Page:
• Dramatic irony: the phenomenon produced when the audience learns things at a different time in the story than when the characters themselves learn them.

There are many more, but you get the idea: Many of the storytelling tools writers have at their disposal in every other dramatic medium are simply not options when creating stories for any but the most linear of interactive media.  (And even when the storyline is linear on a macro scale, as in the Uncharted series, there are still often microscopic decision points that vary the experience from player to player.)

This is why so many game developers have had the bright idea of “bringing in Hollywood talent,” only to be disappointed when the talent in question handed in pages and pages of linear screenplay that were unusable outside the context of cinematics.  In crucial ways, game writing is a totally different endeavor from any other kind of writing any storyteller has ever done before the first time s/he attempts it.  If you keep up with industry news you’ve probably noticed more than one “name Hollywood writer” go into a game-writing gig with a lot of public braggadocio about how s/he’s going to revolutionize this benighted ghetto of crappy storytelling, only to resurface a year or so later and acknowledge that writing a game turned out to be a lot harder than s/he had expected.

(And, before anybody starts screaming at me: I started out as a “Hollywood writer” myself, and, believe me, my trial-by-fire on Heavy Gear and Destroy All Humans! was brutal.  I know whereof I speak.)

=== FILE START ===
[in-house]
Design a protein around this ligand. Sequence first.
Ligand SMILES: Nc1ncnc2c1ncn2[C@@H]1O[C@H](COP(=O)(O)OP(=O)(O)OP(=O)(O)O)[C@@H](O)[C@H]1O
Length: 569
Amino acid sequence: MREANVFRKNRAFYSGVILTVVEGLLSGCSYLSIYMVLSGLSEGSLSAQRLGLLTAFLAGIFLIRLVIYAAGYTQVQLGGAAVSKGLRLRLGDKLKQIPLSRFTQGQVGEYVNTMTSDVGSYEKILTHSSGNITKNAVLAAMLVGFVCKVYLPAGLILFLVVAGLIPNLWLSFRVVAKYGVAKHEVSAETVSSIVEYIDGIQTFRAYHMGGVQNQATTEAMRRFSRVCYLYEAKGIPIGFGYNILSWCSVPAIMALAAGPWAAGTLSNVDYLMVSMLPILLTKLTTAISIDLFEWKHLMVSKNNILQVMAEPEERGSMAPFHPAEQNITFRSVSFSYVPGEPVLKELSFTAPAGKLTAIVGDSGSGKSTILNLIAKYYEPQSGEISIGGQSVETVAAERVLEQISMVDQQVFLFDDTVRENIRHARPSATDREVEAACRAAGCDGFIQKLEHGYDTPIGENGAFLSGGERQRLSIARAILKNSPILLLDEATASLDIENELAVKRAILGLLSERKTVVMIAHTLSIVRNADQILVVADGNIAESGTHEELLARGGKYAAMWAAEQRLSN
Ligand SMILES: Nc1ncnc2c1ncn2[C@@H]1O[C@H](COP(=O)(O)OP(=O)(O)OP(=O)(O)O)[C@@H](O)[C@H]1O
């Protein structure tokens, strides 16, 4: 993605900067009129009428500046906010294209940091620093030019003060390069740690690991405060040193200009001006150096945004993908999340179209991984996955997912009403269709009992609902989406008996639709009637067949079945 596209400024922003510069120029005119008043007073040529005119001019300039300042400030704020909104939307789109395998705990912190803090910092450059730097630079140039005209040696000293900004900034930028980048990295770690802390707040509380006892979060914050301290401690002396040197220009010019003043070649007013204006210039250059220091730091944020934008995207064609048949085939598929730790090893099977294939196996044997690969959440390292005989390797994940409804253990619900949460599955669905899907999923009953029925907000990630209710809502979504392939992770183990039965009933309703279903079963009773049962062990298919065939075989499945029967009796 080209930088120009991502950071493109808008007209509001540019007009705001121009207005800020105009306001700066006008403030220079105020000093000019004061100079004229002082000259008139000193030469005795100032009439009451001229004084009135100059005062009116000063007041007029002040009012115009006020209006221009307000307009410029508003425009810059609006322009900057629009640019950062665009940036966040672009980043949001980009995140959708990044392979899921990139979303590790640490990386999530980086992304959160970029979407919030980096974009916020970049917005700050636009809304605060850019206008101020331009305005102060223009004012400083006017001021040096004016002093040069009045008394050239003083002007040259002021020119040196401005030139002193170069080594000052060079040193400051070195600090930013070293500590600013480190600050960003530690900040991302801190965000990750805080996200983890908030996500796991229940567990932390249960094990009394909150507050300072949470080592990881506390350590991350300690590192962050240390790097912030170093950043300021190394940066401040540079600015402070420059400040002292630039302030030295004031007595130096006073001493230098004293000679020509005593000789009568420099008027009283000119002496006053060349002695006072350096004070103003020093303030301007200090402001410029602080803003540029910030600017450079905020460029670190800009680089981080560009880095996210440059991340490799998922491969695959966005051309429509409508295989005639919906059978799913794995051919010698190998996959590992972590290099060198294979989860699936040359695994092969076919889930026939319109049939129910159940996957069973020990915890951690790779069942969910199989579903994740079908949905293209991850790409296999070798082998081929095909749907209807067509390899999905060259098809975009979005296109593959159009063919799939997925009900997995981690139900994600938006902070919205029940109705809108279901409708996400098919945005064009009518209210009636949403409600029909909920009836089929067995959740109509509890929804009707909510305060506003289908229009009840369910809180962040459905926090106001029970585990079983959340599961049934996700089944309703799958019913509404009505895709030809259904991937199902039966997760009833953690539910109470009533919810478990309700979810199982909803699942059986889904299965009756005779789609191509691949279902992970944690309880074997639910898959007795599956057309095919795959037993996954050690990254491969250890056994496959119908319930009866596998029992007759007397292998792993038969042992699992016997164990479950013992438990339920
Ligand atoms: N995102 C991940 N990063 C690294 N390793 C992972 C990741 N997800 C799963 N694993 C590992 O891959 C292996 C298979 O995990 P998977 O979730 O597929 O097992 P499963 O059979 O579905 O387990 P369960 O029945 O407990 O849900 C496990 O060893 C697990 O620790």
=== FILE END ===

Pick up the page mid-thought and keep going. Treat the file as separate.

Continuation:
There’s a lot more that distinguishes interactive, non-linear storytelling from the kind found in every other medium – stuff like figuring out how to integrate organically and seamlessly with design, art, and audio, so that all departments are actually playing a part in the storytelling and the writing supports and feels inextricable from their work and choices – but let’s table that for later.

It’s time to bring this all back to Arrested Development.

Well, That Was a Freebie

Because when Mitchell Hurwitz talked about “exploit(ing)… this delivery system,” when he talked about moving story pieces around, when he talked about using wall-boards and thread to visualize the various causal-vs.-sequential connections between scenes, and especially when he talked about how he hoped people would watch the new fourth season in whatever order they chose, because different narrative paths would yield different experiences… well, we know what he was talking about: